Talking to News Corp chief executive Robert Thomson in a wide-ranging discussion at Advertising Week Europe yesterday, the WPP founder noted the continued growth of Google and its lack of transparency in terms of business.
WPP, through its media networks MediaCom, Mindshare, MEC and Maxus, manages $75 billon of media spend around the world. Sorrell said last year $2.5 billion of that went to Google, up from $2 billion the year before and "this year it’ll be $3 billion".
Sorrell said: "They are really good at what they do. They have lost some good people, Sheryl Sandberg being a classic example, but they have deep bench strength and they plan their business. There’s a lot of lessons that we can learn as a business, that we have learnt, with our clients in the way that Google deals with us.
"The problem is we have these lovely conversations at senior levels in nice parts of the world and then I go to the markets and our people tell me, ‘Martin you don’t know what you’re talking about, their sales force has been in trying to disintermediate us and hang us out to dry’. That is the problem."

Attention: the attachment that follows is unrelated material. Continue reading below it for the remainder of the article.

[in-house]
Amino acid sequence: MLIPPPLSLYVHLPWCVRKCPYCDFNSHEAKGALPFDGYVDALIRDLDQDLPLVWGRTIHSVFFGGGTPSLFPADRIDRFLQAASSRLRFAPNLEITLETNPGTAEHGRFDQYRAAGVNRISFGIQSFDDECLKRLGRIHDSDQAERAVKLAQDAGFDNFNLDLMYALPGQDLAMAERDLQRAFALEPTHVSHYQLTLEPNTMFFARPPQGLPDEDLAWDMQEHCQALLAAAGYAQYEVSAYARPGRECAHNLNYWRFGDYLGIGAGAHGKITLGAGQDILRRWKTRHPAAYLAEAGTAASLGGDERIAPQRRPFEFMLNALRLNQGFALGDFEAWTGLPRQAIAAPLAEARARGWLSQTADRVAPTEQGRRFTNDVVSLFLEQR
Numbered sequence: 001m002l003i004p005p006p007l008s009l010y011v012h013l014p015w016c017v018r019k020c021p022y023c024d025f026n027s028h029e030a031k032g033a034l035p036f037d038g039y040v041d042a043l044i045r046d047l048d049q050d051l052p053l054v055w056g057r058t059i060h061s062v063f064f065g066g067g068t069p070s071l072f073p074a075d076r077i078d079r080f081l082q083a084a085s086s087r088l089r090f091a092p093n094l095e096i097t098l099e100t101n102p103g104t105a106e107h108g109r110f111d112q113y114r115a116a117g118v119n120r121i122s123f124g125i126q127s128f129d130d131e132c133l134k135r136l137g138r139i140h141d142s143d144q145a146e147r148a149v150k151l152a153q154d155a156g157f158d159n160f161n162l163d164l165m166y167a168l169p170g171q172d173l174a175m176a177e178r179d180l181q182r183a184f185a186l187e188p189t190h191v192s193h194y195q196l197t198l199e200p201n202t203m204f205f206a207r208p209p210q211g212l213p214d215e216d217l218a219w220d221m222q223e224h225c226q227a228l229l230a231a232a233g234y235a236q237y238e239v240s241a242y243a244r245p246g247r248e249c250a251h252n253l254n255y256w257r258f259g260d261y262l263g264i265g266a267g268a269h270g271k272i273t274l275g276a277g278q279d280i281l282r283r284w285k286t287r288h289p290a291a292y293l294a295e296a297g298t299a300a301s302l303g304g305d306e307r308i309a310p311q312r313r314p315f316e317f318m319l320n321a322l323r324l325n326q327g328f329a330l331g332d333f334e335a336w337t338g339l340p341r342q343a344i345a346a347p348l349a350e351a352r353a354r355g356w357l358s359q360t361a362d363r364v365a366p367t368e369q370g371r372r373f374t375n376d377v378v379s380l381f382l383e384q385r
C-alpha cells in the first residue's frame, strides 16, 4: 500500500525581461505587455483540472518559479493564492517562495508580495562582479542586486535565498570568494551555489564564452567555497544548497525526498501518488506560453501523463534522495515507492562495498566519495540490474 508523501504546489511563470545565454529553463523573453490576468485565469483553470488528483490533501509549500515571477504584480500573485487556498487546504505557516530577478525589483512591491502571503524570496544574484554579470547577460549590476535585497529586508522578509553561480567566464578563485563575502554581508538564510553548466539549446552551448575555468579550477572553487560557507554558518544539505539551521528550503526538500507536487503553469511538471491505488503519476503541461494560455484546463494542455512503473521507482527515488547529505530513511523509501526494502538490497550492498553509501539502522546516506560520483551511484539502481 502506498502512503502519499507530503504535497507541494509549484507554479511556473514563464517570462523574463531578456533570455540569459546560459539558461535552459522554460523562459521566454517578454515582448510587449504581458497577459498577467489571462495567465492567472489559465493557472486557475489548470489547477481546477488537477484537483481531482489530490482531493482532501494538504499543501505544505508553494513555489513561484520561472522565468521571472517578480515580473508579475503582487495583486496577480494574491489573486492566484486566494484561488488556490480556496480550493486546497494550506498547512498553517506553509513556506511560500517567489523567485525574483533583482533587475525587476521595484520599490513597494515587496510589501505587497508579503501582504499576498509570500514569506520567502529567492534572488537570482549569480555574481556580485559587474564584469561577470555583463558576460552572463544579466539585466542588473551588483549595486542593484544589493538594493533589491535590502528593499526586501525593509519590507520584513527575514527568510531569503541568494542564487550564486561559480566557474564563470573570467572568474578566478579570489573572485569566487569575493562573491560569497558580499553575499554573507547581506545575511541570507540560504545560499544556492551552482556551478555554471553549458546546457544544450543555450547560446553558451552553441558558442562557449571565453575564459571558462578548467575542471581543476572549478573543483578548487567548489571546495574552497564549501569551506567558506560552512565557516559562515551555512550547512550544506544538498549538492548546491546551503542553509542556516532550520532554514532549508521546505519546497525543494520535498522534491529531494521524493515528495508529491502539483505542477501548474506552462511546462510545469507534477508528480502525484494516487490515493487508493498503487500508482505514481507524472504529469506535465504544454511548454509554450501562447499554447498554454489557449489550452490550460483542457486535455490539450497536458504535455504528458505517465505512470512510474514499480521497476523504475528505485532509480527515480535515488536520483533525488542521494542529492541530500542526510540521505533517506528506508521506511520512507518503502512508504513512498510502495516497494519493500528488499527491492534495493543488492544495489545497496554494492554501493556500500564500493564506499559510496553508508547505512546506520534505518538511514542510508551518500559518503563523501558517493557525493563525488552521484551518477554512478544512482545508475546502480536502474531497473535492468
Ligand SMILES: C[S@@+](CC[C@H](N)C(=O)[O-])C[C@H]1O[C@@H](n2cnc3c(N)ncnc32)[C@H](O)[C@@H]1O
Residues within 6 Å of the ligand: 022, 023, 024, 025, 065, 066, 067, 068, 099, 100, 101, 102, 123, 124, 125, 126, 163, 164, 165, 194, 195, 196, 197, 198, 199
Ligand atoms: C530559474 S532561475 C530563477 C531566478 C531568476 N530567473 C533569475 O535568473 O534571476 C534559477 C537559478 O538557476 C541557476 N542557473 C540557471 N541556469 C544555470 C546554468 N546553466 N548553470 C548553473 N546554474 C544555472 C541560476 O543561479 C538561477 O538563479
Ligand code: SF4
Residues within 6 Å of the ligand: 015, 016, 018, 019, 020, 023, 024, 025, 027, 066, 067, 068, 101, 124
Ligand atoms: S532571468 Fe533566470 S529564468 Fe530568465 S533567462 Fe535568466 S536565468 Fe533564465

When it comes to advertising, Google has long been moving in a direction that directly challenges the planning and buying process that forms the bedrock of media agencies.
In the past, Sorrell has fingered increased competition between WPP’s media trading platform Xaxis and Google’s DoubleClick, a battle he said casts WPP as a "$15bn minnow wrestling with a $167bn orang-utan".
Google chairman Eric Schmidt has been open about his ambition to provide better accountability when it comes to media spend in general. The internet giant has been developing its "CMO dashboard" designed to help CMOs and CEOs plan across all traditional media and the internet.
But Sorrell warned of dangers with the technology company turned media owner bypassing agencies to deal directly with clients, noting "first of all they [Google] are not transparent". WPP's leader went on to compare the Google/client relationship to advertisers giving all their money unquestioningly to a media owner like Rupert Murdoch.
"There has to be somebody who has to evaluate the amount they [clients] spend and where they spend it," he said.
Separately, Sorrell went on to warn that businesses had failing to grasp the impact on consumers of the recent revelations about Edward Snowden's NSA electronic surveillance. He said: "The NSA controversy has heightened awareness of [privacy and security].
"People understate the importance of Snowden and NSA," he said. "[They] underestimate the impact on consumers, and if you take the hacking going on – credit card information, etc – there are two things [going on].
"One is privacy and the other is security or secrecy. If you solve the security thing – a hacker-proof system, which may be an oxymoron – if you can solve the safety issue, the privacy issue falls away."
This article was first published on campaignlive.co.uk